Analyzing Decorative Features

Table 1: Decorative elements included on each teabowls. Colonial Williamsburg Foundation

Based on my analysis of the decorative elements included on each teabowl (Table 1), the three recovered from the Custis well appear to have been most popular in the 1730s and 1740s. This suggests that they were purchased by John Custis IV while he was living at Custis Square. The next question is what these vessels were used for. It may seem obvious — they are teabowls, so they must have been used to drink tea. This may indeed be the case. An inventory of everything in the Custis house after Daniel Parke Custis’ death in 1757 shows that tea-taking equipment was present in the Custis household. The inventory lists tablecloths, a tea board, and “1 old Tea Chest [and] 1 Cannister” as well as “8 Small China Bowles, 29 Saucers, [and] 25 Cups.” All of these, along with a tea table, cream and sugar containers, teaspoons, tongs, and a slop bowl, would have been necessary to take tea in the 18th century. Interestingly, the teawares in this inventory were described as china rather than earthenware (although “A parcel of China and Earthen ware” is also listed).

A picture from the 1964 excavation of the well on the Custis Square Property.

As mentioned previously, delftware was not ideal for the consumption of hot beverages. Perhaps the vessels listed in the inventory replaced the delftware teabowls later recovered from the well. Or perhaps the delft bowls served another purpose. They could have been for display only, to appear from a distance to be more expensive porcelain. More interestingly, Custis may have used these teabowls in the preparation or application of his medicinal remedies.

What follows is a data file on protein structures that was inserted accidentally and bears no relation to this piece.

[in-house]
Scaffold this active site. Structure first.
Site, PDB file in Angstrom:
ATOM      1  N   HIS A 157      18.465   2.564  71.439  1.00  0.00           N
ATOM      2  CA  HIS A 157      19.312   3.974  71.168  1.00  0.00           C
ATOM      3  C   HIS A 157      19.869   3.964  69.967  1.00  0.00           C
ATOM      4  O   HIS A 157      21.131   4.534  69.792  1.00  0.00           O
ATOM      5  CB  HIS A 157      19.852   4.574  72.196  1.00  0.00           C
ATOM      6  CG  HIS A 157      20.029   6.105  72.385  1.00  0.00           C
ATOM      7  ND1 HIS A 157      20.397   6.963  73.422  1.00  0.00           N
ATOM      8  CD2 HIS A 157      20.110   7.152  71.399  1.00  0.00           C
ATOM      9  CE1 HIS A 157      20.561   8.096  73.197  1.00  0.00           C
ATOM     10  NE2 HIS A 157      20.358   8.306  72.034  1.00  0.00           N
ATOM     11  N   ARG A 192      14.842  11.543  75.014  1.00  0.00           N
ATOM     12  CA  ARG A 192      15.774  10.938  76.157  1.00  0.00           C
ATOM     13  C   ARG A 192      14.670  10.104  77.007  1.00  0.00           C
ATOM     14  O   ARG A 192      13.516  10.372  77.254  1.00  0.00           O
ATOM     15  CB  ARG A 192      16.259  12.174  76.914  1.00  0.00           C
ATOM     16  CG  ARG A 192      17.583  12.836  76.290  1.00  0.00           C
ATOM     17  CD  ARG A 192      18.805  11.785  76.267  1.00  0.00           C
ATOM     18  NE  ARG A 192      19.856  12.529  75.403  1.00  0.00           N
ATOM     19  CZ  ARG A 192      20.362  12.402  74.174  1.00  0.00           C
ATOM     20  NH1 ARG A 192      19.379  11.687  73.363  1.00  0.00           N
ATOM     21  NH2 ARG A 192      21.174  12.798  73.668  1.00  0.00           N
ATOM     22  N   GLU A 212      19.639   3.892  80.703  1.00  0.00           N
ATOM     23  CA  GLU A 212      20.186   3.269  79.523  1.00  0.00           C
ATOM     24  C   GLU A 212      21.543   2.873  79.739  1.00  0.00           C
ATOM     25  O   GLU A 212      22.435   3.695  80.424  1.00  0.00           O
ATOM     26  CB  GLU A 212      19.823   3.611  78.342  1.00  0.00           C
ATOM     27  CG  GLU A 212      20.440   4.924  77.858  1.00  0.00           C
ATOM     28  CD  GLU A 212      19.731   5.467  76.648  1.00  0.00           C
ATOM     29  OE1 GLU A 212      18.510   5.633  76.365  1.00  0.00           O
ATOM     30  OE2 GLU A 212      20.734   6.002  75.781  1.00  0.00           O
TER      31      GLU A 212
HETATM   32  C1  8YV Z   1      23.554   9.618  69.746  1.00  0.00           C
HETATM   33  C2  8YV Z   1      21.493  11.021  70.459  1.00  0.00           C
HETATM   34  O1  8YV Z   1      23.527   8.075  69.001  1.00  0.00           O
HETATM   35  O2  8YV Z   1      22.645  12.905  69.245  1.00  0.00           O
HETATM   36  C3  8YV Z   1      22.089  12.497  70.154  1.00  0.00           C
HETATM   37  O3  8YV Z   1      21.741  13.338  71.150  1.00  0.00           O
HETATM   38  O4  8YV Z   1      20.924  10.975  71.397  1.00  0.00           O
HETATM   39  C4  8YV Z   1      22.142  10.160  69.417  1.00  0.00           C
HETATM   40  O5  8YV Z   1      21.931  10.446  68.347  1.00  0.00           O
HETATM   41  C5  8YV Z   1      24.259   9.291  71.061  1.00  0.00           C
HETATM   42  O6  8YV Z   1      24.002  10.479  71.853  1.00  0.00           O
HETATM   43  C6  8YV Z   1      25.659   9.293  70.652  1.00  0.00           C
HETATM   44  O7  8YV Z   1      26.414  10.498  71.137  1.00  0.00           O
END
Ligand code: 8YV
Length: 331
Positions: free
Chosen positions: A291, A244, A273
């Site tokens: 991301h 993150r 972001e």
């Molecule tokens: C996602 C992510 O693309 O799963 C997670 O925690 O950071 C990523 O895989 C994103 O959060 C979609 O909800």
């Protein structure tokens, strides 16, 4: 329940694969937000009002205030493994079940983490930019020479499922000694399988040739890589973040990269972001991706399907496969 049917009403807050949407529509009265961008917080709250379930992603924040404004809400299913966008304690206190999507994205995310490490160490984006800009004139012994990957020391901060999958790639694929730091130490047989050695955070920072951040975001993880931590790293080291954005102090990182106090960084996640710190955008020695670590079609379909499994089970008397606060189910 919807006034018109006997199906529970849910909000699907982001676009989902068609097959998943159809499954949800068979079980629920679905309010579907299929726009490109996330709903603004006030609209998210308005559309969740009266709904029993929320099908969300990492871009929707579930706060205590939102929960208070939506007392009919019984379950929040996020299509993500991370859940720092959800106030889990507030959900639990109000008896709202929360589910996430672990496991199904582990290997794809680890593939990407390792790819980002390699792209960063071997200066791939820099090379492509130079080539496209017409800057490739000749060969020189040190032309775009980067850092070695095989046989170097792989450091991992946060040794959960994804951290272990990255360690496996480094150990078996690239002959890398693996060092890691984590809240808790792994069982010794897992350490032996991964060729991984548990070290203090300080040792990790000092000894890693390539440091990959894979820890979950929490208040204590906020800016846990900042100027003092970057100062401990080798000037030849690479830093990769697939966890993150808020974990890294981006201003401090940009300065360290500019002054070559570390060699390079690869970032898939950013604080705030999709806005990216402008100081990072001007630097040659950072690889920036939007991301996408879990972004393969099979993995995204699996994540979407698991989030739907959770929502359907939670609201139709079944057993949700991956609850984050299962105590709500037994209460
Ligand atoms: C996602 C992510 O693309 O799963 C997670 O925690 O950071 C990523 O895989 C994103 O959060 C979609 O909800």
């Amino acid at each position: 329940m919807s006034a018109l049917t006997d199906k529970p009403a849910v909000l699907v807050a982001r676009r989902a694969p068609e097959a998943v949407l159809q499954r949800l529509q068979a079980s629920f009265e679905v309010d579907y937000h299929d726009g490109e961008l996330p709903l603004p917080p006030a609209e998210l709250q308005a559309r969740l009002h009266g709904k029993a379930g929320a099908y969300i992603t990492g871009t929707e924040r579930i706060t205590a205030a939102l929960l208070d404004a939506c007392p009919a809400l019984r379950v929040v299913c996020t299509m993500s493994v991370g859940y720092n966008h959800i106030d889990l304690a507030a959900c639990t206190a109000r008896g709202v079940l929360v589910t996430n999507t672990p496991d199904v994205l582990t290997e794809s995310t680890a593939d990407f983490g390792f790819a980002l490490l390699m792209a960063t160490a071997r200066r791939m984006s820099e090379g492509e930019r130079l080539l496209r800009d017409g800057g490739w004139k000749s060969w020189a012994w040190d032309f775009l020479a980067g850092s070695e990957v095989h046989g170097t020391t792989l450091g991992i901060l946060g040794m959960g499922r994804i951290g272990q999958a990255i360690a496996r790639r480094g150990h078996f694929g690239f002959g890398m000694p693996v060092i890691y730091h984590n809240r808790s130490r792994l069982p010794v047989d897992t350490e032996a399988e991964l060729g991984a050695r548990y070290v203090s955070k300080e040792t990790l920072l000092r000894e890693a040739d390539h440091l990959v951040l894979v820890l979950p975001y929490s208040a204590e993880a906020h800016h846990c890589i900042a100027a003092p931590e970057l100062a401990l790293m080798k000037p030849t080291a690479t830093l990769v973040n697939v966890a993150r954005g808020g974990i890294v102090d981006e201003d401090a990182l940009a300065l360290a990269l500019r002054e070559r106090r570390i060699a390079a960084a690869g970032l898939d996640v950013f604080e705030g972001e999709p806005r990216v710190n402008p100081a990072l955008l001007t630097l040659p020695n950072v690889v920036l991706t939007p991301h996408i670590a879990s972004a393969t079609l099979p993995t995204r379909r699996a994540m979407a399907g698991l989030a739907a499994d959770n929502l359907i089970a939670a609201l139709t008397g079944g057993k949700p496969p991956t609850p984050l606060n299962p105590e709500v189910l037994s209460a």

John Custis IV was an amateur physician who compiled a Commonplace Book of 182 remedies to treat ailments from heartburn and bedwetting to dysentery and deafness (for more information, see our recent post about the 52-letter word). He references a teacup once in the Commonplace Book; to cure the “bite of A mad Dog,” he prescribes musk and cinnabar mixed into a teacup of arrack, a type of spirit from the East Indies. Although this is the only specific mention of a teacup or teabowl, there are many recipes that were to be taken as a tea, infusion, or decoction. Instead of (or in addition to) social tea drinking, the Custis teabowls could have been used in the application of medical treatments for colic, asthma, epilepsy, miscarriage, gonorrhea, or several other afflictions.

Regardless of their purpose in the past, these teabowls are an interesting piece of the history of Custis Square. I am enjoying this research and look forward to discovering and sharing more about these vessels!



Victoria Gum graduated from William & Mary in 2016. She has worked at Colonial Williamsburg in the past and most recently worked as an archaeologist with the Fairfield Foundation.